Has the window for change in Lebanon closed?

Demonstrations to commemorate the start of the 2019 protests have received an anaemic response.

Let Lebanon live before I die
Photo: Hannah McCarthy

BEIRUT: When the Lebanese government proposed a ‘Whatsapp’ tax on phone calls made on social media platforms last October, it triggered an angry backlash from a public frustrated by decades of economic mismanagement and cronyism among Lebanon’s political ruling clans. The first anti-government protest (the “Thawra” or revolution in Arabic) took place on 17 October 2019 and was followed by weeks of marches and mass gatherings at Martyr’s Square in downtown Beirut.

This wave of anti-government protests came four years after the widespread but ultimately unsuccessful protests provoked by a waste-management crisis in Lebanon in 2015 (the “Harak” or the movement). “It’s not the garbage that stinks, you stink”, became a rallying call of the Harak after a Facebook video posted by an activist used the phrase about Lebanese politicians.

The early Thawra protests were heady, highly energised, and generated wide publicity. The movement scored an early win at the end of October 2019, with the resignation of Prime Minister Saad Hariri, leader of the Sunni-backed Future Movement Party and head of the government which had imposed the provocative Whatsapp tax.

The protesters demanded what they saw in other countries: better infrastructure and services like a reliable energy supply and refuse collection. The demands of the movement also came to include an end to the discriminatory law which prevented Lebanese women passing their citizenship to their children.

The Thawra protestors also called for change to the political system but it wasn’t always clear what change they demanded. The sectarian nature of Lebanese politics and that country’s constitution have fueled cronyism and proved a barrier to socially inclusive and progressive policies in the country. While some called for secularism and constitutional change, others called for new, younger candidates to be run by the existing, religiously affiliated political parties in Lebanon (a sort of younger version of the status quo).

The Thawra movement was arguably Lebanese-centric. It did not decry with any real urgency the lack of citizenship or legal residency provided for Syrian and Palestinian refugees in Lebanon, nor the kafala sponsorship system, that lead to exploitative and abusive work conditions for the countries estimated 250,000 migrant domestic workers.

The early scalp of Prime Minister Hariri also did not give the movement the momentum that it needed to sustain itself in the longer term, particularly against increasingly aggressive Lebanese security forces and Hezbollah-backed militias. By January 2020, the economic situation in Lebanon had deteriorated, as had the energy of the Thawra movement.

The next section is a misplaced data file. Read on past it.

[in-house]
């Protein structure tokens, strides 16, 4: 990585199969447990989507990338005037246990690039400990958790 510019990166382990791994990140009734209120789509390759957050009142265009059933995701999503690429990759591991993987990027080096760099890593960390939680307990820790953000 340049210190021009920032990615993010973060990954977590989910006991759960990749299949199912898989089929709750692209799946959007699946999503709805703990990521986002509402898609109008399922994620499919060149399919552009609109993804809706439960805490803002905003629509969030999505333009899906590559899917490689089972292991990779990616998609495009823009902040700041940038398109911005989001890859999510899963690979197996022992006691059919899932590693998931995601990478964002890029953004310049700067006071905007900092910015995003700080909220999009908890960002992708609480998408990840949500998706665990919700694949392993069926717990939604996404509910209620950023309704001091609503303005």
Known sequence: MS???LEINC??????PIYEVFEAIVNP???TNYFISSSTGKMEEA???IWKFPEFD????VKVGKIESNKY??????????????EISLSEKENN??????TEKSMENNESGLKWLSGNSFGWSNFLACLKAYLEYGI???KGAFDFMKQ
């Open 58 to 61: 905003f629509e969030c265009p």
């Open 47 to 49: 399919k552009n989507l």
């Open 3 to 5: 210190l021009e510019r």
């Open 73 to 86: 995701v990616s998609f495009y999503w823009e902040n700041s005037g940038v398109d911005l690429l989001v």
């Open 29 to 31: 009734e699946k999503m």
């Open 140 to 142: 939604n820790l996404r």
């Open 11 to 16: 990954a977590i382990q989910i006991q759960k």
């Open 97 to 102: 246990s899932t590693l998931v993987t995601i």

Photo: Hannah McCarthy

After the COVID-19 pandemic was accepted as a global risk, the Lebanese government swiftly imposed a strict lockdown in March 2020, with some commentary suggesting that the lockdown was politically motivated to keep protestors off the streets rather than patients out of ICUs.

A strict lockdown in a country like Lebanon with no social welfare apparatus pushed many Lebanese to their financial brink. The lack of government support during the lockdown, combined with the strict capital controls imposed by commercial banks on cash withdrawals and international transfers, left many unable to afford basic food and necessities.

When a port blast erupted on 4 August 2020 after 2,750 tonnes of ammonium nitrate abandoned and unsafely stored ignited, the country was still emerging from a strict lockdown. The blast tore through the industrial heartland of the port, the Charlie Helou road, the upmarket Achrafieh district, as well as the working class and artistic quarters of Gemmayze and Mar Mikhael. Few places in Beirut were untouched by the blast.

In the days after the blast, people took it upon themselves to gather up the debris and clean the streets, with the army and police relatively absent. A bookstore owner on Rue Gouraud in Gemmayze reported that when, days after the port blast, the military did appear on the streets, it was to act as lookouts rather than provide any meaningful assistance to those trying to repair their battered and destroyed homes and stores.

On 8 August 2020, a massive and emotional protest took place at Martyr’s Square. Angry and traumatised Beirutis, who had been injured, lost loved ones and seen their homes and businesses destroyed, gathered to express their rage at the government’s failure to protect them.

The country’s economy had already been in freefall before the port blast with the local Lebanese lira losing 80% of its value, wiping out the domestic savings of many Lebanese people, and leading to a sovereign bond default in March 2020. For outsiders, it seemed unthinkable that change would and could not follow the catastrophic damage caused by the port blast. The Lebanese government’s corruption and ineptitude had caused damage to Beirut similar in scale to that caused by the civil war that ravaged the country from 1975-1990.